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Show that the force on each plate of a parallel capacitor has a magnitude equal to $(1/2)\,QE$, where $Q$ is the charge on the capacitor and $E$ is the magnitude of the electric field between the plates. Explain the origin of the factor.

Last updated date: 24th Jul 2024
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Hint:The question can be answered with the help of the work done concepts and potential energy. Manipulating the capacitance formula and using it is also a key step in this solution. Capacitor has no electric effect inside it.

Complete step by step answer:
If we assume \[F\] to be the force applied on a parallel plate capacitor to separate the plates by a distance of $\Delta x$ then the work done that will be required to make that happen will be $F\Delta x$. Now using the conservation of energy theorem, the potential energy of the plates increases by $uA\Delta x$. Here $u$ is the energy density, $A$ is the area of each plate, $d$ is the distance between the plates and $V$ is the potential difference across the plates.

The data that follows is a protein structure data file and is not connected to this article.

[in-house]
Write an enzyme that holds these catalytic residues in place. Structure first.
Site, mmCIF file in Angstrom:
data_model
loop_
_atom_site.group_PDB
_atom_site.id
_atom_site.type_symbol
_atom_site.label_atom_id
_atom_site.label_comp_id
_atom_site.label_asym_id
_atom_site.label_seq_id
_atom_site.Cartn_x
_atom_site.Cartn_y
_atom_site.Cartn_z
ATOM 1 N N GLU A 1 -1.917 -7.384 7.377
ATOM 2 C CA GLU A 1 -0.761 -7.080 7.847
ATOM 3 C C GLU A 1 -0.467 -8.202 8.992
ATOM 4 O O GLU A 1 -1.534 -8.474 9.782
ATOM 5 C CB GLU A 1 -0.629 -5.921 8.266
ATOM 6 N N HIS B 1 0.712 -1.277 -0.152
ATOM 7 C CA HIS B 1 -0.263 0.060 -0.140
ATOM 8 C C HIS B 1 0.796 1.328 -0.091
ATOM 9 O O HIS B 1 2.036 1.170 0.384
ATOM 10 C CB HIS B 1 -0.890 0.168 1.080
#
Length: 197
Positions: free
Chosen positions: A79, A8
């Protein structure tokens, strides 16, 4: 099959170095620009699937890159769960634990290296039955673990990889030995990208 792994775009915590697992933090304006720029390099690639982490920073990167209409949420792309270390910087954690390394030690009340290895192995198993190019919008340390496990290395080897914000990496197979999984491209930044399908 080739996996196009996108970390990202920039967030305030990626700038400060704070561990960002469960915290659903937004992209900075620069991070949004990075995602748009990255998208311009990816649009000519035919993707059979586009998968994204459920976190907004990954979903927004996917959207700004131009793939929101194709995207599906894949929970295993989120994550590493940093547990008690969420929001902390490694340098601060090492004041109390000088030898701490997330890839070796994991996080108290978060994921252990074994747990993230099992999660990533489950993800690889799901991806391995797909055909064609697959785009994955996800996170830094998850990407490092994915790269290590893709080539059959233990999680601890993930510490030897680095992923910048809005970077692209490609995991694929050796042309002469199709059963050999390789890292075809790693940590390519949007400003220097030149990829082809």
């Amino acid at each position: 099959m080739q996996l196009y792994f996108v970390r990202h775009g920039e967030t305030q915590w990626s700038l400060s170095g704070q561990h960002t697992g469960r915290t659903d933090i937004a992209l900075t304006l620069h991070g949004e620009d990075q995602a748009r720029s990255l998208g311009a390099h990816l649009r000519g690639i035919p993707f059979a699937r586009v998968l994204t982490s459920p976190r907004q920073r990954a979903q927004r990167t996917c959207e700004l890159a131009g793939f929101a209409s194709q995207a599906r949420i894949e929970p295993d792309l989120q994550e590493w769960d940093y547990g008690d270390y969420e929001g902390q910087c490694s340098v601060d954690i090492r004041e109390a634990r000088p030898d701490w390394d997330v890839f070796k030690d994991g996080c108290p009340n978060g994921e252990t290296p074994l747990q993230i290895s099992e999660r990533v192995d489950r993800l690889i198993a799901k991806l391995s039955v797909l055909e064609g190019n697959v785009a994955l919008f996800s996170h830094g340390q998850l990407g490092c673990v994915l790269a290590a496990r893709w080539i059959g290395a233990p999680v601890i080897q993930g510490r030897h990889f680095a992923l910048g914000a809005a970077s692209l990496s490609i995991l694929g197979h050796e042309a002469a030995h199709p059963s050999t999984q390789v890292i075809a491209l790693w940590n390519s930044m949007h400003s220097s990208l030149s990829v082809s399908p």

Therefore, according to the law of conservation of energy, the work done will be equal to the increase in the potential energy.
$F\Delta x=uA\Delta x$
Solving this we get
$F=uA=\left( \dfrac{1}{2}{{\varepsilon }_{0}}{{E}^{2}} \right)A$,
where $E$ is the energy intensity
And the formula for energy intensity is
Therefore, the force equation becomes
$F=\dfrac{1}{2}{{\varepsilon }_{0}}\left( \dfrac{V}{d} \right)EA \\
\Rightarrow F=\dfrac{1}{2}\left( {{\varepsilon }_{0}}A\left( \dfrac{V}{d} \right) \right)E$

And we know that the formula of capacitance is $\dfrac{{{\varepsilon }_{0}}A}{d}$. Therefore, the formula of force becomes,
$F=\dfrac{1}{2}\left( CV \right)E$
And also the charge on the capacitor is given by $Q=CV$
Therefore, $F=\dfrac{1}{2}QE$, which is the solution to the first part of the question. The origin of the factor $\dfrac{1}{2}$ in the formula denotes the fact that the electric field is just present in the outside area and inside it is zero.

Note:This concept is very useful when we learn about the effect of force on the capacitors and how the capacitors of different types react to search force in return. The concept is useful in further understanding electric circuits.